Chicken Matzo Ball Soup at Zaidy’s Deli in Cherry Creek. The longtime Denver restaurant, which closed during the pandemic, will reopen under new ownership in June. (Craig F. Walker, The Denver Post)
A pandemic pandemic Denver restaurant victim is being brought back to life this summer, but with new owners and a new location southeast of the original.
Zaidy’s, the Jewish deli that closed in Cherry Creek in October after three decades, was due to move to 600 S. Holly St.
New owner Beth Ginsberg bought the business from longtime family owners Gerard and Jason Rudofsky and plans to slightly revamp the menu while preserving much of Zaidy’s history and tradition.
Her connection with Zaidy’s began when she owned the bagel store and was delivering bagels to the deli, Ginsberg said. In the early 2000s, she even opened her own bagel shop while living overseas in Singapore.
“Were those New York bagels? Not even close! ”Ginsberg laughed at her first foray into the bagel business after years of working as a medical technology engineer.
But she learned the trade from John Hill, the then owner of Denver’s Bagel Store, and was able to take over the business when she returned to Colorado. (Ginsberg then sold the bagel store to Rosenberg’s in 2017.)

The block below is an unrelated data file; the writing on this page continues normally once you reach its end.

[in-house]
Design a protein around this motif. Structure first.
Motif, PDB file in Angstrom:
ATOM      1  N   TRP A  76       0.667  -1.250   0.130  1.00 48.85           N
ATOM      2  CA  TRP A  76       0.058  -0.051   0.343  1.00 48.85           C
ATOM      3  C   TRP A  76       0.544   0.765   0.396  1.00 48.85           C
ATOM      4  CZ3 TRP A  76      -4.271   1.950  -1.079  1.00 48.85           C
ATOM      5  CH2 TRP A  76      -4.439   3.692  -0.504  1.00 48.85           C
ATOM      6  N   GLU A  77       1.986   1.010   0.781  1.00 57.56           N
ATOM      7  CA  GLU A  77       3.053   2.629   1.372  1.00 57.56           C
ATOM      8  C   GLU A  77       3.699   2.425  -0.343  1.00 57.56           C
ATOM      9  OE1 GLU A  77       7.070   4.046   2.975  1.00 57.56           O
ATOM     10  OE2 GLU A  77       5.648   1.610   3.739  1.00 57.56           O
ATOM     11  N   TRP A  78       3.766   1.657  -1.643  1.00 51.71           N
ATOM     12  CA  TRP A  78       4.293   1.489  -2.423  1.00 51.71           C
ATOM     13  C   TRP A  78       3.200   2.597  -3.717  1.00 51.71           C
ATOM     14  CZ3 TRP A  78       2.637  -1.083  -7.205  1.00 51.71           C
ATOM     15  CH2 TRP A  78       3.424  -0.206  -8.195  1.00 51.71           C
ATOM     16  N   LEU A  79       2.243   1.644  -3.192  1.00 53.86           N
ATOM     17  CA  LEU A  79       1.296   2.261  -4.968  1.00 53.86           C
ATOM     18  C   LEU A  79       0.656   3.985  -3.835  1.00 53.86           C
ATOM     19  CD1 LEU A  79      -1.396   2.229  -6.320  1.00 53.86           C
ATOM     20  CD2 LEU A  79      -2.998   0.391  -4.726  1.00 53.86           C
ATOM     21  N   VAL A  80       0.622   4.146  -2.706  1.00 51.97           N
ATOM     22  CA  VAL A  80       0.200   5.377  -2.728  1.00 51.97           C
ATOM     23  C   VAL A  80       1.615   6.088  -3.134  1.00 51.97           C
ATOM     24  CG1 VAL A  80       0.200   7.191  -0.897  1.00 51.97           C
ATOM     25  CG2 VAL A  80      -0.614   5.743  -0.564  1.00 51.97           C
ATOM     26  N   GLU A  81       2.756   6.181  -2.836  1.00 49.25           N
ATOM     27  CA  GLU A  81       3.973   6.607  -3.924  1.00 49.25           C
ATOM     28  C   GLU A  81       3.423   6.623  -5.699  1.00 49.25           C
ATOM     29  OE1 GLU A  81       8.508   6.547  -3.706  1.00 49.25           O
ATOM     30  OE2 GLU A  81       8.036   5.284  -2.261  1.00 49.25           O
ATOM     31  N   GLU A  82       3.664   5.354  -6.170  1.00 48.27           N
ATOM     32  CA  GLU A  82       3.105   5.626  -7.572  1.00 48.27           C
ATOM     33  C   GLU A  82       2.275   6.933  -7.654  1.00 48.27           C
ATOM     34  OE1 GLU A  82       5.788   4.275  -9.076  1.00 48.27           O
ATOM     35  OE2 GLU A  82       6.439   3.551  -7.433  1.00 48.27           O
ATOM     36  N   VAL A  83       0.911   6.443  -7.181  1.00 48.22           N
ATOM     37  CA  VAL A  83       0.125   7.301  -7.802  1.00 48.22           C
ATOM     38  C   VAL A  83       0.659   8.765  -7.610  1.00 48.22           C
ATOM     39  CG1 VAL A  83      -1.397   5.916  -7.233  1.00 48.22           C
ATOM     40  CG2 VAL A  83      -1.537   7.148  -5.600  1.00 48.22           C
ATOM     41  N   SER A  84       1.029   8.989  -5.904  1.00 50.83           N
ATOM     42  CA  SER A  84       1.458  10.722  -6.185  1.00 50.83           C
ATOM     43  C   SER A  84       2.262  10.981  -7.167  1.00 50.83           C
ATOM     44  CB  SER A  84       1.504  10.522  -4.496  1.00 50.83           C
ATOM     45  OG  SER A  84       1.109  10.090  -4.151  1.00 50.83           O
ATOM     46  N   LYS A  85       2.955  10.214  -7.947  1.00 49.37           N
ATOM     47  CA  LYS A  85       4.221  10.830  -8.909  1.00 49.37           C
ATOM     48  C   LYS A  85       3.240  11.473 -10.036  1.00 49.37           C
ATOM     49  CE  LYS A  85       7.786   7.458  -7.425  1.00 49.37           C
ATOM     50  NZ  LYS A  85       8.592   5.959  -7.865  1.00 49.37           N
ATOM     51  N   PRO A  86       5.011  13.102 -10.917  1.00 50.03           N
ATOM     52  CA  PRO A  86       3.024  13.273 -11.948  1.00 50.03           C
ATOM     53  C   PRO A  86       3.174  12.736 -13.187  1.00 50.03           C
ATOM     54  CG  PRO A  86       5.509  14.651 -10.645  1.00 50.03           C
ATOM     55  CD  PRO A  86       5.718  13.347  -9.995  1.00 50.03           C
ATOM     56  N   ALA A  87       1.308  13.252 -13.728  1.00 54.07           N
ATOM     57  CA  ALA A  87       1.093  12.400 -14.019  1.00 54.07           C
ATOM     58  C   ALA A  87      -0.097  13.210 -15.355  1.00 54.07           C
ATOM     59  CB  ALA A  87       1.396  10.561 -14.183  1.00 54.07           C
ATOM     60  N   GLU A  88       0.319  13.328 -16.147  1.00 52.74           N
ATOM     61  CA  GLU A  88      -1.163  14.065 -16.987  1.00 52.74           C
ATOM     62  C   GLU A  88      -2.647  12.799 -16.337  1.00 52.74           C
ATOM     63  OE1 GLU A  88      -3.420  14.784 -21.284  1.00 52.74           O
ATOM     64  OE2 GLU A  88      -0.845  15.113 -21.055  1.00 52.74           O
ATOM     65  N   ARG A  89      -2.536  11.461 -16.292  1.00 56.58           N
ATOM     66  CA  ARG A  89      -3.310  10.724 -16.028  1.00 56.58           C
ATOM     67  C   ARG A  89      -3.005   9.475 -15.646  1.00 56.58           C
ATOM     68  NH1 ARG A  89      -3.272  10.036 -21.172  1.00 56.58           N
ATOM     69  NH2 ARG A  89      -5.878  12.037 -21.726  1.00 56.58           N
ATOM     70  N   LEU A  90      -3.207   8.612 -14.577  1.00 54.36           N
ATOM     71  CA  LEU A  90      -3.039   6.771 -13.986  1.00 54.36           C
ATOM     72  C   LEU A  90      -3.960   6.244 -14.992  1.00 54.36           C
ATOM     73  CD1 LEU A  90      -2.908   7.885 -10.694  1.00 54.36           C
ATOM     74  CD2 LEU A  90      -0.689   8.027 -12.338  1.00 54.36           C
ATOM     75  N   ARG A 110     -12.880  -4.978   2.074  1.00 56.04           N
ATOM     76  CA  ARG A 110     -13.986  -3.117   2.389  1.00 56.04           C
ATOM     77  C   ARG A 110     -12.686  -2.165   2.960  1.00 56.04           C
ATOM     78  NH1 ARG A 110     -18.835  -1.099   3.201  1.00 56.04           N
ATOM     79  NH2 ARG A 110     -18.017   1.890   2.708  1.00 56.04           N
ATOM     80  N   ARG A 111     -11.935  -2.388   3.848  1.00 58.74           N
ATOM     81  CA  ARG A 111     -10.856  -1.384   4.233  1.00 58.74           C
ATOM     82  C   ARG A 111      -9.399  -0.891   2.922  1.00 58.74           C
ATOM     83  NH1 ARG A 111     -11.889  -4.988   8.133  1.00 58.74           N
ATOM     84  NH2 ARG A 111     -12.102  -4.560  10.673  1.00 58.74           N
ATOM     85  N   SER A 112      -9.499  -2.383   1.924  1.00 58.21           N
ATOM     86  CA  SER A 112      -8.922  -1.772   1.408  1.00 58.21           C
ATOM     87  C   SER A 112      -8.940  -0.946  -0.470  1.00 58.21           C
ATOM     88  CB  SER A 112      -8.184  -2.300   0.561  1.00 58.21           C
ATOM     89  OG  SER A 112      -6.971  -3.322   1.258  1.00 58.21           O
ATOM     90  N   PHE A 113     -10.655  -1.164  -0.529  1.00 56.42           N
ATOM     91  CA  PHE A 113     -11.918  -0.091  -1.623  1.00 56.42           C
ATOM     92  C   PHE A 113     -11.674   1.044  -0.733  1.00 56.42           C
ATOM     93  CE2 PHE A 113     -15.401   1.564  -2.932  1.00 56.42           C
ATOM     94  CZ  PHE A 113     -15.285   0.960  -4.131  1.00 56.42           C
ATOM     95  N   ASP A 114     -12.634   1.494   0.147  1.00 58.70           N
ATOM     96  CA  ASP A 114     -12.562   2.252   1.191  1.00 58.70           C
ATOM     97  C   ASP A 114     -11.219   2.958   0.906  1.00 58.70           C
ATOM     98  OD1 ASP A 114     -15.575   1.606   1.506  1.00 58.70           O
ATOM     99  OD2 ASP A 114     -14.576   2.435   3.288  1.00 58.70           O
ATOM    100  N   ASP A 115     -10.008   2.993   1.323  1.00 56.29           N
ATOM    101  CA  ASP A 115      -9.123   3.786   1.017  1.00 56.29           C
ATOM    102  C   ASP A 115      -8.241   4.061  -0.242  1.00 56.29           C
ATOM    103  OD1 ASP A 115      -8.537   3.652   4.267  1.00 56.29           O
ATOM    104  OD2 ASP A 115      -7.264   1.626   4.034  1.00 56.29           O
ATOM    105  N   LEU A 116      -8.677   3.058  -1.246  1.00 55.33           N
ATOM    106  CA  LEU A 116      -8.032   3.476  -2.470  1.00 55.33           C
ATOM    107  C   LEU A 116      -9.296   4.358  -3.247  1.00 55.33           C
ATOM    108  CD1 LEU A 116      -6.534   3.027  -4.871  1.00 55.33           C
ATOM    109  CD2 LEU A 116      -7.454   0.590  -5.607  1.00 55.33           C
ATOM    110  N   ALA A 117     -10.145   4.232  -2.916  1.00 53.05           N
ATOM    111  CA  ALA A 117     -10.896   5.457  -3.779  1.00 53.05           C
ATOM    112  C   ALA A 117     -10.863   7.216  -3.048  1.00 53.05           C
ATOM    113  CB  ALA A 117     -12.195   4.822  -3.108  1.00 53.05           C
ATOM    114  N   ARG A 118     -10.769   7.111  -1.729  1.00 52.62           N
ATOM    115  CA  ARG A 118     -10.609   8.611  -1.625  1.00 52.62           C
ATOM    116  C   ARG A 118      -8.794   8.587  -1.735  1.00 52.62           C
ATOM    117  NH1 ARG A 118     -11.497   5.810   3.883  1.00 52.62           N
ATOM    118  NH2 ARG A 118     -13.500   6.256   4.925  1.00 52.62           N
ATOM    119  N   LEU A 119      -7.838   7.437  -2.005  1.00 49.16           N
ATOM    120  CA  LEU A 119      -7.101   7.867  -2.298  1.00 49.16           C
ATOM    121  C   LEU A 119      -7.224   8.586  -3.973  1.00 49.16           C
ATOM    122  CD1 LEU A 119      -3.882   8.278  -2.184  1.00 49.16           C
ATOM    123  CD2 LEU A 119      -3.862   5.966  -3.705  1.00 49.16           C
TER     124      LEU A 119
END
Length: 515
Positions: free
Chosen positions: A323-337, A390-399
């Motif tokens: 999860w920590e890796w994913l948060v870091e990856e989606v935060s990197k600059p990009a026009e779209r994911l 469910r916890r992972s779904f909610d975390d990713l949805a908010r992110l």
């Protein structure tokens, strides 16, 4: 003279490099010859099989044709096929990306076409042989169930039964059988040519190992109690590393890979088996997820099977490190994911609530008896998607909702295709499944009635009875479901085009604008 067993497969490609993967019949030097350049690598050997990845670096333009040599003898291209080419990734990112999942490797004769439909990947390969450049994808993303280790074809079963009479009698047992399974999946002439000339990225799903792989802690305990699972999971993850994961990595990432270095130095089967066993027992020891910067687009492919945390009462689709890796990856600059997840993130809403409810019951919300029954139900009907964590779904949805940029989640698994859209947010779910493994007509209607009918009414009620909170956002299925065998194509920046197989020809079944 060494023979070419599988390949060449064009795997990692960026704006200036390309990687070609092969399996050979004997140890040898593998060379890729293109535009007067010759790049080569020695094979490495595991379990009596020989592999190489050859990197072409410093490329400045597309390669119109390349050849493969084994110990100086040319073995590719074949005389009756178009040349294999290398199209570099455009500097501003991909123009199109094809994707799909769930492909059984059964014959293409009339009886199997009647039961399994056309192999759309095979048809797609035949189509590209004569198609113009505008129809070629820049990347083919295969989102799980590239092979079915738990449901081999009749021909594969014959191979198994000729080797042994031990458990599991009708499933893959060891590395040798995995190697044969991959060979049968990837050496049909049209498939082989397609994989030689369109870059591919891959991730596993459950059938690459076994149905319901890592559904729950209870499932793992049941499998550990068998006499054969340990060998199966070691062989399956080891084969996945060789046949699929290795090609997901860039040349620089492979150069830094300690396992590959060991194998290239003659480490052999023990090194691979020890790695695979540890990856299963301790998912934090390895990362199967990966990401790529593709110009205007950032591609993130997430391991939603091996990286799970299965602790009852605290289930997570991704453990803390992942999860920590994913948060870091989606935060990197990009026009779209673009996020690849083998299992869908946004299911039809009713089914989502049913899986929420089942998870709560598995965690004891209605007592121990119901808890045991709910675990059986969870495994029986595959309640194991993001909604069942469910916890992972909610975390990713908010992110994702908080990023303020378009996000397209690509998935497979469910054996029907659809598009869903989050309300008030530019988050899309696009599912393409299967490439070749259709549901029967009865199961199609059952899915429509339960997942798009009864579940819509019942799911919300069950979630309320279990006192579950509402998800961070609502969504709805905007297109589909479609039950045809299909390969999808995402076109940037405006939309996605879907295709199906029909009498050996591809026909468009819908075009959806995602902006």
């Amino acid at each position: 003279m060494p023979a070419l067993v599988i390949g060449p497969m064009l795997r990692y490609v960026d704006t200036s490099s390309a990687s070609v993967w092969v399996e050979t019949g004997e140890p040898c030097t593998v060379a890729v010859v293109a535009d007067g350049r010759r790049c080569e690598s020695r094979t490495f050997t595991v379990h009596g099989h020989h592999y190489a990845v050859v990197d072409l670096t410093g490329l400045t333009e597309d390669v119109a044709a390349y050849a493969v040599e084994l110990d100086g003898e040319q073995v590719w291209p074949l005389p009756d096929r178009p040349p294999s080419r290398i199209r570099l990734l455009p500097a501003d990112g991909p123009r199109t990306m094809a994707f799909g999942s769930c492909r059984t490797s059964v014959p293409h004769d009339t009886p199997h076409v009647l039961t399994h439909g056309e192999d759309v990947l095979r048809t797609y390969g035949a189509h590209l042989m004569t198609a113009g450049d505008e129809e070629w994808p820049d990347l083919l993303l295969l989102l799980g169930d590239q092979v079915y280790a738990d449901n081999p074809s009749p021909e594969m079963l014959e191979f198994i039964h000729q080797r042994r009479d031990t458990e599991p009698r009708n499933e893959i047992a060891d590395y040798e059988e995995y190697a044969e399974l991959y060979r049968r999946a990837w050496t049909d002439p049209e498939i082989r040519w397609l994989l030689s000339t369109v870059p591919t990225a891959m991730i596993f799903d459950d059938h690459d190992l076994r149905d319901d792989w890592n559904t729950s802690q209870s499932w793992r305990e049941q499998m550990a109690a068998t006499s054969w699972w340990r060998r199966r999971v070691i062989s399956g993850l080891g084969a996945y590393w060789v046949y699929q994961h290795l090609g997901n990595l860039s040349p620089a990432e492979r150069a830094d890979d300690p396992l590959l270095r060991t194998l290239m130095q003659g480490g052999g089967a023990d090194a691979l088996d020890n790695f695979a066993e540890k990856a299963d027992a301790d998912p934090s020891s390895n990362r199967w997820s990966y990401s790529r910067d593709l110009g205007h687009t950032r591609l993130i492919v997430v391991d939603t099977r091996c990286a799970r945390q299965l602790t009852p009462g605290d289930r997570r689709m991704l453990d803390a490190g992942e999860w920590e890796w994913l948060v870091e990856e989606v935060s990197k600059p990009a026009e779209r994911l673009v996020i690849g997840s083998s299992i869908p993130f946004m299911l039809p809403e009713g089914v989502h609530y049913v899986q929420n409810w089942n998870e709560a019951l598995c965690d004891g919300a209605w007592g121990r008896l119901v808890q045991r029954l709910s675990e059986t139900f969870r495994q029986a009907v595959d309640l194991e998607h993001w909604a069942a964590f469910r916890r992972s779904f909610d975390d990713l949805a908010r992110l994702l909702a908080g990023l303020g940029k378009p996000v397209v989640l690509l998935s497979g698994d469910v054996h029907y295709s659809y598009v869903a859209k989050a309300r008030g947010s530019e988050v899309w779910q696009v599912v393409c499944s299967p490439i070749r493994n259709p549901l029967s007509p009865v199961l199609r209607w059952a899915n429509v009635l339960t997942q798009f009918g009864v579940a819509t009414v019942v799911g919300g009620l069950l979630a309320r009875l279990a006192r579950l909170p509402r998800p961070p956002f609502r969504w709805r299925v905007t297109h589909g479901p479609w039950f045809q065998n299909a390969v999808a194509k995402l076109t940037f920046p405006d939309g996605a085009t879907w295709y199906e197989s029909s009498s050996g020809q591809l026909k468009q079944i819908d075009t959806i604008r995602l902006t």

She now owns Trompeau Bakery on South Broadway and looks forward to making the pastries in that kitchen – black and white cookies, rugelach – while creating a bagel and bread range at the new Zaidy’s Deli and Bakery on Holly Street.
“We’re not kosher, but you know, we try to stay true to the roots of our community,” said Ginsberg.
Breakfast doesn’t deviate too far from the original Zaidy’s, while lunch offers homemade sandwiches with a choice of meat and bread, as well as preparations such as Reuben or “Zaidy’s Way” with a homemade mix of sauces and spices.
The new Zaidy’s will be open daily from 7 a.m. to 4 p.m., although a Friday night dinner or something similar might be in the works. And customers will be able to stop by the delicatessen box throughout the day to buy bagels by the dozen, smoked salmon and meat.
Ginsberg has teamed up with fellow local father-and-son businessmen, Max and Joel Appel, to reopen the restaurant. The team started building their new space – formerly Ambli – last week and expects this to be completed by the end of June.
And while the Rudofsky family are no longer business partners, Ginsberg expects Gerard to be very committed to his restaurant in the years to come.
“He’ll be there every day,” she said.
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